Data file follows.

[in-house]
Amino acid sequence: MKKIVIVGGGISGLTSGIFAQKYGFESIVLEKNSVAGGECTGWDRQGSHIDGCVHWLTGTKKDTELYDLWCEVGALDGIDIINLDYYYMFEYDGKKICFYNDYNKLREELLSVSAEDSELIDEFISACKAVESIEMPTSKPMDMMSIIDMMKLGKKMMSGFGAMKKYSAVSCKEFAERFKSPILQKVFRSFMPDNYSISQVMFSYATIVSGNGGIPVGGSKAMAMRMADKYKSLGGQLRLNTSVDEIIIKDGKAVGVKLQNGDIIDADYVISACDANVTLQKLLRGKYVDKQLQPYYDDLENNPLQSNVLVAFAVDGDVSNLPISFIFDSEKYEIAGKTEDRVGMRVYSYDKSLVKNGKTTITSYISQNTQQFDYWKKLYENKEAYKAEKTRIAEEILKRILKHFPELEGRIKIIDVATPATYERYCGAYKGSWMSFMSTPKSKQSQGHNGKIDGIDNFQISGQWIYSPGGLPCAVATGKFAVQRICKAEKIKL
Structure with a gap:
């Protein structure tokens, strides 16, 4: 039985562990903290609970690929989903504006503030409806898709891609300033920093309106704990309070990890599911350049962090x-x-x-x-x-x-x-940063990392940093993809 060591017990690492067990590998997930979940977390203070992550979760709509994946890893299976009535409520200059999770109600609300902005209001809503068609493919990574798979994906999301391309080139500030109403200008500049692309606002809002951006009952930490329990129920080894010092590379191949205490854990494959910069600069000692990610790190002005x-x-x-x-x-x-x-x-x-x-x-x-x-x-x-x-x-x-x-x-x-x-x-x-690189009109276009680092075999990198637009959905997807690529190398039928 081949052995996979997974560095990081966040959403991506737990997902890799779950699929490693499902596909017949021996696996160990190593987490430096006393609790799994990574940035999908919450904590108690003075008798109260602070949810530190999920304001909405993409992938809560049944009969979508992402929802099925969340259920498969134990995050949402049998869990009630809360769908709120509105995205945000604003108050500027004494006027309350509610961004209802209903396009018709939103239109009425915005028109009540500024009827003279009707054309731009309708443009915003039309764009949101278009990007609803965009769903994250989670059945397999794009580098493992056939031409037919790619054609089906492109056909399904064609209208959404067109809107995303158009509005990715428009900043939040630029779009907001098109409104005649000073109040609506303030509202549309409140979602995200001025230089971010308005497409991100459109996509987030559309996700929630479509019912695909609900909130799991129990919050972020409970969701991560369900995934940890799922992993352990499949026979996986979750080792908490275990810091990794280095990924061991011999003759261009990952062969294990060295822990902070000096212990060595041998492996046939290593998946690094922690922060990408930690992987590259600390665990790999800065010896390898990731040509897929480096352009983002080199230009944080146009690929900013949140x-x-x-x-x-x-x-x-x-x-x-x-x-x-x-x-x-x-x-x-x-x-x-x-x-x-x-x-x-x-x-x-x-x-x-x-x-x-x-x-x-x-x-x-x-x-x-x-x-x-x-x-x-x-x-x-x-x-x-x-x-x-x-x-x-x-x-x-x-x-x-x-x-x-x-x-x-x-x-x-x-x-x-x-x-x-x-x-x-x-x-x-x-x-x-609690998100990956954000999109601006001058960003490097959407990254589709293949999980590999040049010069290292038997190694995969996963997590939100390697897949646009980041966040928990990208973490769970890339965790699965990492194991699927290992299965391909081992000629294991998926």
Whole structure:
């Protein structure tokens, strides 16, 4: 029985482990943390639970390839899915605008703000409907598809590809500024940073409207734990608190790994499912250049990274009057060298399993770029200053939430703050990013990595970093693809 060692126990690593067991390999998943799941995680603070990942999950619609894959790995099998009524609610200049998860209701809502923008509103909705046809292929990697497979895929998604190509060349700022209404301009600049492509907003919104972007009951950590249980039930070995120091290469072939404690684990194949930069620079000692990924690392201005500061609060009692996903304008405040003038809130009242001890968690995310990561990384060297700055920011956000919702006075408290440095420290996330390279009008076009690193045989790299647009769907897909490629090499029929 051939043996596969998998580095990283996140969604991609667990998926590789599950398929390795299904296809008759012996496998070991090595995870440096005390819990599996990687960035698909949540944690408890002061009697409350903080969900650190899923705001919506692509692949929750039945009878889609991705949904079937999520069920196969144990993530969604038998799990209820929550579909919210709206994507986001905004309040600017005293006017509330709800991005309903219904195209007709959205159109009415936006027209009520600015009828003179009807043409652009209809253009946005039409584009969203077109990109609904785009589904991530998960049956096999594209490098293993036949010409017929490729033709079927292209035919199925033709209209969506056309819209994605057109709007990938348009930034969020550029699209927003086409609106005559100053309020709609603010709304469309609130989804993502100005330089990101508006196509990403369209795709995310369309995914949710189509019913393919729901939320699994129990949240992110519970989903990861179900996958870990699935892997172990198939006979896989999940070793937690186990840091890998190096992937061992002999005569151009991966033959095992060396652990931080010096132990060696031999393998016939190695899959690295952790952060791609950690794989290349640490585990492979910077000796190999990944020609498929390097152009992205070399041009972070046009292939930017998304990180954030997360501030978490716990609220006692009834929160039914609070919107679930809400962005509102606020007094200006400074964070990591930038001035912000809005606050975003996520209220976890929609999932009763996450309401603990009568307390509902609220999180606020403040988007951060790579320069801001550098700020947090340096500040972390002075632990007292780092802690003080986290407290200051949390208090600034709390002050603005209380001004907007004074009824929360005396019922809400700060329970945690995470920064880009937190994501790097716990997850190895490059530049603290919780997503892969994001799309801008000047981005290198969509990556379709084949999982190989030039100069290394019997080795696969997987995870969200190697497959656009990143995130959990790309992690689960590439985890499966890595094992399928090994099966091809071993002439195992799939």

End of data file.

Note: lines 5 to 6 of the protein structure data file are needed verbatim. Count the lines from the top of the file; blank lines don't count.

Whole structure:
């Protein structure tokens, strides 16, 4: 029985482990943390639970390839899915605008703000409907598809590809500024940073409207734990608190790994499912250049990274009057060298399993770029200053939430703050990013990595970093693809 060692126990690593067991390999998943799941995680603070990942999950619609894959790995099998009524609610200049998860209701809502923008509103909705046809292929990697497979895929998604190509060349700022209404301009600049492509907003919104972007009951950590249980039930070995120091290469072939404690684990194949930069620079000692990924690392201005500061609060009692996903304008405040003038809130009242001890968690995310990561990384060297700055920011956000919702006075408290440095420290996330390279009008076009690193045989790299647009769907897909490629090499029929 051939043996596969998998580095990283996140969604991609667990998926590789599950398929390795299904296809008759012996496998070991090595995870440096005390819990599996990687960035698909949540944690408890002061009697409350903080969900650190899923705001919506692509692949929750039945009878889609991705949904079937999520069920196969144990993530969604038998799990209820929550579909919210709206994507986001905004309040600017005293006017509330709800991005309903219904195209007709959205159109009415936006027209009520600015009828003179009807043409652009209809253009946005039409584009969203077109990109609904785009589904991530998960049956096999594209490098293993036949010409017929490729033709079927292209035919199925033709209209969506056309819209994605057109709007990938348009930034969020550029699209927003086409609106005559100053309020709609603010709304469309609130989804993502100005330089990101508006196509990403369209795709995310369309995914949710189509019913393919729901939320699994129990949240992110519970989903990861179900996958870990699935892997172990198939006979896989999940070793937690186990840091890998190096992937061992002999005569151009991966033959095992060396652990931080010096132990060696031999393998016939190695899959690295952790952060791609950690794989290349640490585990492979910077000796190999990944020609498929390097152009992205070399041009972070046009292939930017998304990180954030997360501030978490716990609220006692009834929160039914609070919107679930809400962005509102606020007094200006400074964070990591930038001035912000809005606050975003996520209220976890929609999932009763996450309401603990009568307390509902609220999180606020403040988007951060790579320069801001550098700020947090340096500040972390002075632990007292780092802690003080986290407290200051949390208090600034709390002050603005209380001004907007004074009824929360005396019922809400700060329970945690995470920064880009937190994501790097716990997850190895490059530049603290919780997503892969994001799309801008000047981005290198969509990556379709084949999982190989030039100069290394019997080795696969997987995870969200190697497959656009990143995130959990790309992690689960590439985890499966890595094992399928090994099966091809071993002439195992799939």